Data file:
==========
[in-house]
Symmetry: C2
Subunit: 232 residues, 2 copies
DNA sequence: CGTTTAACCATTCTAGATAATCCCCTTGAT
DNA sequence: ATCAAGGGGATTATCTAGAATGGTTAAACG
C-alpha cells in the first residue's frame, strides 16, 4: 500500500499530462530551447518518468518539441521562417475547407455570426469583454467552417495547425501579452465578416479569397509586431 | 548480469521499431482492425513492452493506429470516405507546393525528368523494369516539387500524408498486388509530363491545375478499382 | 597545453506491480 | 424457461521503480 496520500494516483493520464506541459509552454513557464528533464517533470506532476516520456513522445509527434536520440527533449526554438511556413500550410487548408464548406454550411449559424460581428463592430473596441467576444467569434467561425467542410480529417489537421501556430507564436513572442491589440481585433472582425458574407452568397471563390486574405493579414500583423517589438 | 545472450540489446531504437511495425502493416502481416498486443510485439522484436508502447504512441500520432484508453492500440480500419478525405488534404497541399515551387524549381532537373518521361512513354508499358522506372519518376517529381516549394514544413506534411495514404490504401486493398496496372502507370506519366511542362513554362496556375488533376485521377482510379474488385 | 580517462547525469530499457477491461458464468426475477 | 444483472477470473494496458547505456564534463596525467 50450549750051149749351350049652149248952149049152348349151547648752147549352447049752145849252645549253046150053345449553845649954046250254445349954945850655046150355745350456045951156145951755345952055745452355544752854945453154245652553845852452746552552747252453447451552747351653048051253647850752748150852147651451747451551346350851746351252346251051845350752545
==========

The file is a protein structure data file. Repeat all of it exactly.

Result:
[in-house]
Symmetry: C2
Subunit: 232 residues, 2 copies
DNA sequence: CGTTTAACCATTCTAGATAATCCCCTTGAT
DNA sequence: ATCAAGGGGATTATCTAGAATGGTTAAACG
C-alpha cells in the first residue's frame, strides 16, 4: 500500500499530462530551447518518468518539441521562417475547407455570426469583454467552417495547425501579452465578416479569397509586431 | 548480469521499431482492425513492452493506429470516405507546393525528368523494369516539387500524408498486388509530363491545375478499382 | 597545453506491480 | 424457461521503480 496520500494516483493520464506541459509552454513557464528533464517533470506532476516520456513522445509527434536520440527533449526554438511556413500550410487548408464548406454550411449559424460581428463592430473596441467576444467569434467561425467542410480529417489537421501556430507564436513572442491589440481585433472582425458574407452568397471563390486574405493579414500583423517589438 | 545472450540489446531504437511495425502493416502481416498486443510485439522484436508502447504512441500520432484508453492500440480500419478525405488534404497541399515551387524549381532537373518521361512513354508499358522506372519518376517529381516549394514544413506534411495514404490504401486493398496496372502507370506519366511542362513554362496556375488533376485521377482510379474488385 | 580517462547525469530499457477491461458464468426475477 | 444483472477470473494496458547505456564534463596525467 50450549750051149749351350049652149248952149049152348349151547648752147549352447049752145849252645549253046150053345449553845649954046250254445349954945850655046150355745350456045951156145951755345952055745452355544752854945453154245652553845852452746552552747252453447451552747351653048051253647850752748150852147651451747451551346350851746351252346251051845350752545